mage space image to image prompt box

From here, you can choose to select the background, the foreground or a custom area to inpaint. You can also use the Prompt Strength slider to adjust how much weight is given to the text prompt vs the image.

mage space image to image

Once you’ve selected the areas you’d like to inpaint, use the prompt box to describe what you would like to generate and Mage Space will modify the selected area whilst leaving the rest of the image intact.

Viewing All Your Generated Images

To view all your generated images, click the profile icon in the top right corner of the screen and then click the Profile option from the menu that appears.

mage space personal profile

This will take you to your profile page where you’ll be able to see all of your generated images.

You can also use the top row options to view only certain images that you have saved in particular areas so your liked images or bookmarked images for example.

mage space profile page

If you’d like to organise your images into lists, simply click the My Lists option to create your own lists and those lists will be added to the options on the top row.

You’ll also find an order button on the far right of the screen where you can order your generations by newest or oldest as well as a column number button to adjust how many columns of images are displayed.

If you’d like to make bulk selections such as adding images to a list or deleting images, etc, you can do that by clicking the six dots button on the top right of the screen.

This will add a new row of options that will appear above the images where you can select your images of choice followed by your action of choice.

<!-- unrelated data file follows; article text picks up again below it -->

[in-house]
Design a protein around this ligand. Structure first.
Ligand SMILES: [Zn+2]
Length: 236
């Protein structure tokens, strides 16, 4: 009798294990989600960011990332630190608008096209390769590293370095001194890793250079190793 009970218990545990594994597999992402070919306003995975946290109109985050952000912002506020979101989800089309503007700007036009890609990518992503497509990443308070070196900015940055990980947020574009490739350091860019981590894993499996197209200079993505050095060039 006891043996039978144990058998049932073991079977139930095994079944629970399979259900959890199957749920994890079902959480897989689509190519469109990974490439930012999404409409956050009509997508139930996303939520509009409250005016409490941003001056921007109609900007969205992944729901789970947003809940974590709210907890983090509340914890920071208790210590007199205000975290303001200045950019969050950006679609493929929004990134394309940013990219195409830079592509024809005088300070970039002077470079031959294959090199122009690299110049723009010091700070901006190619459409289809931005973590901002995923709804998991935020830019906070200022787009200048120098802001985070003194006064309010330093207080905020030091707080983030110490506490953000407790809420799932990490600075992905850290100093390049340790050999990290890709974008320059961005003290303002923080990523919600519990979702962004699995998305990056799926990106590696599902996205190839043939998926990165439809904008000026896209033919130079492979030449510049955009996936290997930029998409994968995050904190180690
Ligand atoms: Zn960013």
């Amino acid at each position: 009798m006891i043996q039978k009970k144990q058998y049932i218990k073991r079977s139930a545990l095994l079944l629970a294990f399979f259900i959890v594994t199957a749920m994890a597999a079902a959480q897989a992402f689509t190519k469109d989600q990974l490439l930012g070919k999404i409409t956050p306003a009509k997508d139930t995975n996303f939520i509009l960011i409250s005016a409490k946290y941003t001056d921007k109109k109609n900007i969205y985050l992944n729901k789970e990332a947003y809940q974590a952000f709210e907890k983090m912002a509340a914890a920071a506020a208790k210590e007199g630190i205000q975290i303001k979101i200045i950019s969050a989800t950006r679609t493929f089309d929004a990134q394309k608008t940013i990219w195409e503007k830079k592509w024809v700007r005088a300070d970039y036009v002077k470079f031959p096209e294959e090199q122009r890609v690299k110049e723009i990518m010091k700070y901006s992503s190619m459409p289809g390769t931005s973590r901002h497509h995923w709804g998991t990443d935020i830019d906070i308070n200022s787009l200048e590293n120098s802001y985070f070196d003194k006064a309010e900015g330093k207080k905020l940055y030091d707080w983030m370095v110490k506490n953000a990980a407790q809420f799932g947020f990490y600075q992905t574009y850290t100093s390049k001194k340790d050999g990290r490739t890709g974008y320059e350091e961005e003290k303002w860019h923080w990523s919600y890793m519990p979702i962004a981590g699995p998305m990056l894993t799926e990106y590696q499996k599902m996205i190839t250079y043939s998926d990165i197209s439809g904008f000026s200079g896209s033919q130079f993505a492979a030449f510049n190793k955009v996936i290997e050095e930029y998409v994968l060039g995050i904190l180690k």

mage space bulk actions

And finally, clicking on an individual image will bring up the same pop-up window that you saw when the image was first generated where you can click the download, rerun, and reimage options as before.

Viewing Other Member’s Images

To view other member’s images, simply click on Explore at the top of the screen and this will take you to the public images area.

From here, you can click on images that you like where you’ll be able to see all the settings and the prompts used to create them.

mage space explore page

And much like your own images, you can download, rerun, copy prompt, etc although rerun, remix and reimage will be greyed out if the member used premium models and/or features to create the image.

You can also follow the member if you really like the images they’re generating by clicking on their profile image and then clicking on the Follow button on their profile page.

Once you’ve done that, you’ll be able to find them and all the images they create by clicking on Following at the top of the screen.

Let’s Get Creative With Mage Space

And that’s all there is to it. Mage Space is a super easy AI image generator that truly is free to use even if you are limited to only 3 base models.

But as you’ve seen, those base models produce pretty decent images and that was using the simplest of prompts with very few details.

It may not have a lot of the extra features and editing tools that many other AI image generators have, but I still like it. It’s simple, straightforward, free and unlimited image generations so it’s a very handy tool in my book.

So, why not try out Mage Space for yourself and see what kinds of images you can come up with? You’ll be surprised at just how easy it really is.

I hope you found this tutorial helpful and if you’d like to share your own AI stories and experiences then please free to share them in the comments below.

Happy AI Image Creating!